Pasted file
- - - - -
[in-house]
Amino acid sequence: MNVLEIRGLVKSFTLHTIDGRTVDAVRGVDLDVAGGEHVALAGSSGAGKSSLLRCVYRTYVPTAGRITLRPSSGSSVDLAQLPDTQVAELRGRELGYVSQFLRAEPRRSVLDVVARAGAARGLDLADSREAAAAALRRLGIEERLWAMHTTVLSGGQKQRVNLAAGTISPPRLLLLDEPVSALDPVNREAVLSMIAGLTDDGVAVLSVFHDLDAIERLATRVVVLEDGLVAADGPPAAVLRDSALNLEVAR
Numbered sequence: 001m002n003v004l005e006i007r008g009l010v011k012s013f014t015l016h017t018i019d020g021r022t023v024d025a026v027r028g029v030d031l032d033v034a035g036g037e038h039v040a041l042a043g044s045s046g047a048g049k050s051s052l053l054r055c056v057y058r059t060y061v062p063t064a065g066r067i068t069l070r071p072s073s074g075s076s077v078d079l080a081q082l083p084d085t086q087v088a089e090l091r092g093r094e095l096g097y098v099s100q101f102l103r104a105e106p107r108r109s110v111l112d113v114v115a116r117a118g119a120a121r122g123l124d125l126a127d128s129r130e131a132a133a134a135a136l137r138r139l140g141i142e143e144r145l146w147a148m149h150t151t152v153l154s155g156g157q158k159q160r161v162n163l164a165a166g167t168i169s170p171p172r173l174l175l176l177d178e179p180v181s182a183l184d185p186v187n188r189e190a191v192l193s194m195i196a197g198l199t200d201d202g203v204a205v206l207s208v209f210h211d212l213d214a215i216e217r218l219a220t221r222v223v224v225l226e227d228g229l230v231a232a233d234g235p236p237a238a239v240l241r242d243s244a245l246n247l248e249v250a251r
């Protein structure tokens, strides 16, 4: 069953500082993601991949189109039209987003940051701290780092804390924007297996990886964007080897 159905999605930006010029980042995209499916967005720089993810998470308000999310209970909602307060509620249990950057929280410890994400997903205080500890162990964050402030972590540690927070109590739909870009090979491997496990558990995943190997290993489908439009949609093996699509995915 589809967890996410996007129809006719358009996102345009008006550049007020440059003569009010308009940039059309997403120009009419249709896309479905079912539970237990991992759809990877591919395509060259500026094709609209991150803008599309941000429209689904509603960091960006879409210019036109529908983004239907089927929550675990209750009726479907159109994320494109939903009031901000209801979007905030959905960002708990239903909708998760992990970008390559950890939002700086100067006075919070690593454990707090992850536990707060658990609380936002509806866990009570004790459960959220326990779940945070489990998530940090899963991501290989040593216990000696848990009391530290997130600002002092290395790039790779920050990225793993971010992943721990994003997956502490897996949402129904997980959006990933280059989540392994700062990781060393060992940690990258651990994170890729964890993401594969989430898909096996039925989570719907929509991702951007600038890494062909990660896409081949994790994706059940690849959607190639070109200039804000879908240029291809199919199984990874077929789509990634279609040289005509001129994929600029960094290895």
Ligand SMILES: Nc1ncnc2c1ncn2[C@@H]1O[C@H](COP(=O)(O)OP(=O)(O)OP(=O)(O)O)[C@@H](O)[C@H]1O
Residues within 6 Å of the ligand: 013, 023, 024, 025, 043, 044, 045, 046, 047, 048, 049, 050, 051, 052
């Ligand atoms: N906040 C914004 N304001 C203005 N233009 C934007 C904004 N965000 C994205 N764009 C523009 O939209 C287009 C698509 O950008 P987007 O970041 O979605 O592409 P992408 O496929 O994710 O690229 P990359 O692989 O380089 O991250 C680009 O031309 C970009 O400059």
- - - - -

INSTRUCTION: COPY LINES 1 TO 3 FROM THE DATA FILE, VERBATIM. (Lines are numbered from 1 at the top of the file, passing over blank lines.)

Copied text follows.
[in-house]
Amino acid sequence: MNVLEIRGLVKSFTLHTIDGRTVDAVRGVDLDVAGGEHVALAGSSGAGKSSLLRCVYRTYVPTAGRITLRPSSGSSVDLAQLPDTQVAELRGRELGYVSQFLRAEPRRSVLDVVARAGAARGLDLADSREAAAAALRRLGIEERLWAMHTTVLSGGQKQRVNLAAGTISPPRLLLLDEPVSALDPVNREAVLSMIAGLTDDGVAVLSVFHDLDAIERLATRVVVLEDGLVAADGPPAAVLRDSALNLEVAR
Numbered sequence: 001m002n003v004l005e006i007r008g009l010v011k012s013f014t015l016h017t018i019d020g021r022t023v024d025a026v027r028g029v030d031l032d033v034a035g036g037e038h039v040a041l042a043g044s045s046g047a048g049k050s051s052l053l054r055c056v057y058r059t060y061v062p063t064a065g066r067i068t069l070r071p072s073s074g075s076s077v078d079l080a081q082l083p084d085t086q087v088a089e090l091r092g093r094e095l096g097y098v099s100q101f102l103r104a105e106p107r108r109s110v111l112d113v114v115a116r117a118g119a120a121r122g123l124d125l126a127d128s129r130e131a132a133a134a135a136l137r138r139l140g141i142e143e144r145l146w147a148m149h150t151t152v153l154s155g156g157q158k159q160r161v162n163l164a165a166g167t168i169s170p171p172r173l174l175l176l177d178e179p180v181s182a183l184d185p186v187n188r189e190a191v192l193s194m195i196a197g198l199t200d201d202g203v204a205v206l207s208v209f210h211d212l213d214a215i216e217r218l219a220t221r222v223v224v225l226e227d228g229l230v231a232a233d234g235p236p237a238a239v240l241r242d243s244a245l246n247l248e249v250a251r